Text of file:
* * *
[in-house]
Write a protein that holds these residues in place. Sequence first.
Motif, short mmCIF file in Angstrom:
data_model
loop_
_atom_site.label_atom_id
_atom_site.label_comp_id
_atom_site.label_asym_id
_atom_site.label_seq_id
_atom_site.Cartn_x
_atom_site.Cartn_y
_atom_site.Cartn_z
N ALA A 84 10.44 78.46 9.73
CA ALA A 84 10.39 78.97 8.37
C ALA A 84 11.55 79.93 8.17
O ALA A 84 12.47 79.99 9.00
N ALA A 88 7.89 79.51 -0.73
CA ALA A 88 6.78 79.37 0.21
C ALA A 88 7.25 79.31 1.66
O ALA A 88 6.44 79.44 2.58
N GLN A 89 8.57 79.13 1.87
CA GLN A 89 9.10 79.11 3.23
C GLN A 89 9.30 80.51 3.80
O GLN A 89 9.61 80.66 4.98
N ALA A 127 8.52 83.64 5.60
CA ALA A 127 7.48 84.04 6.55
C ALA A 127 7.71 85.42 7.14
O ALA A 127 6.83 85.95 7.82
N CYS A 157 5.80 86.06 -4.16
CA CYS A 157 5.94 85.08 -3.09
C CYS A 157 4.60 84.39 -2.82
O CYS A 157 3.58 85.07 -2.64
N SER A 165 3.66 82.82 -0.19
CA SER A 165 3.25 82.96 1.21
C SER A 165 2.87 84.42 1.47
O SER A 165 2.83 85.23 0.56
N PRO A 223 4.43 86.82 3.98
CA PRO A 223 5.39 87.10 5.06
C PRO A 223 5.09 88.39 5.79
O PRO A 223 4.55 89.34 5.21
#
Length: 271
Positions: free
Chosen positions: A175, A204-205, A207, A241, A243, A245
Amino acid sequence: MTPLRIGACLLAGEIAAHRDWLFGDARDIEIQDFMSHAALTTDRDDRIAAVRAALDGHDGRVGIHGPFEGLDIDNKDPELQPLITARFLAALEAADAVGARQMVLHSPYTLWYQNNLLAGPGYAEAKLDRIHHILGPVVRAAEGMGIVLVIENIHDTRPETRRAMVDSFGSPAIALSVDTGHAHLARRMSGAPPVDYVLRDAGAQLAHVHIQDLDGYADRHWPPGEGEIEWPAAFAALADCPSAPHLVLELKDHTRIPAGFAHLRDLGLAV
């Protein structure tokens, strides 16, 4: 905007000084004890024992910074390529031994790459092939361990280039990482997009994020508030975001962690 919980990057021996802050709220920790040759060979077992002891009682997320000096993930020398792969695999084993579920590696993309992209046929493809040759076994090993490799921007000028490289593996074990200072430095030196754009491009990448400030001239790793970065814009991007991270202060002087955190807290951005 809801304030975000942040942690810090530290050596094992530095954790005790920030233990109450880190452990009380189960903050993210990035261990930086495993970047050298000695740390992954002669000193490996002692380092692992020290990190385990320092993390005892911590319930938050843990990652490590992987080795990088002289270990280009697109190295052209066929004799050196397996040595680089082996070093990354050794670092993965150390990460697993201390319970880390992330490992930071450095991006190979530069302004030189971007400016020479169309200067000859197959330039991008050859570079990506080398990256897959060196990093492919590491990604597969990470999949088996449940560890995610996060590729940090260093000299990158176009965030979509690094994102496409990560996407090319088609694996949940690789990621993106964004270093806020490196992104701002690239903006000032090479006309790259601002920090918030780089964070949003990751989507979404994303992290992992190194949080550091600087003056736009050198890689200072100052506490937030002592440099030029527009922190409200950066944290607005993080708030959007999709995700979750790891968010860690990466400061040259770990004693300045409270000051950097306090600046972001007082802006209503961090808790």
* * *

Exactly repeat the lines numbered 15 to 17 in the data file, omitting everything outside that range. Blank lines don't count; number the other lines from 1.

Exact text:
C ALA A 84 11.55 79.93 8.17
O ALA A 84 12.47 79.99 9.00
N ALA A 88 7.89 79.51 -0.73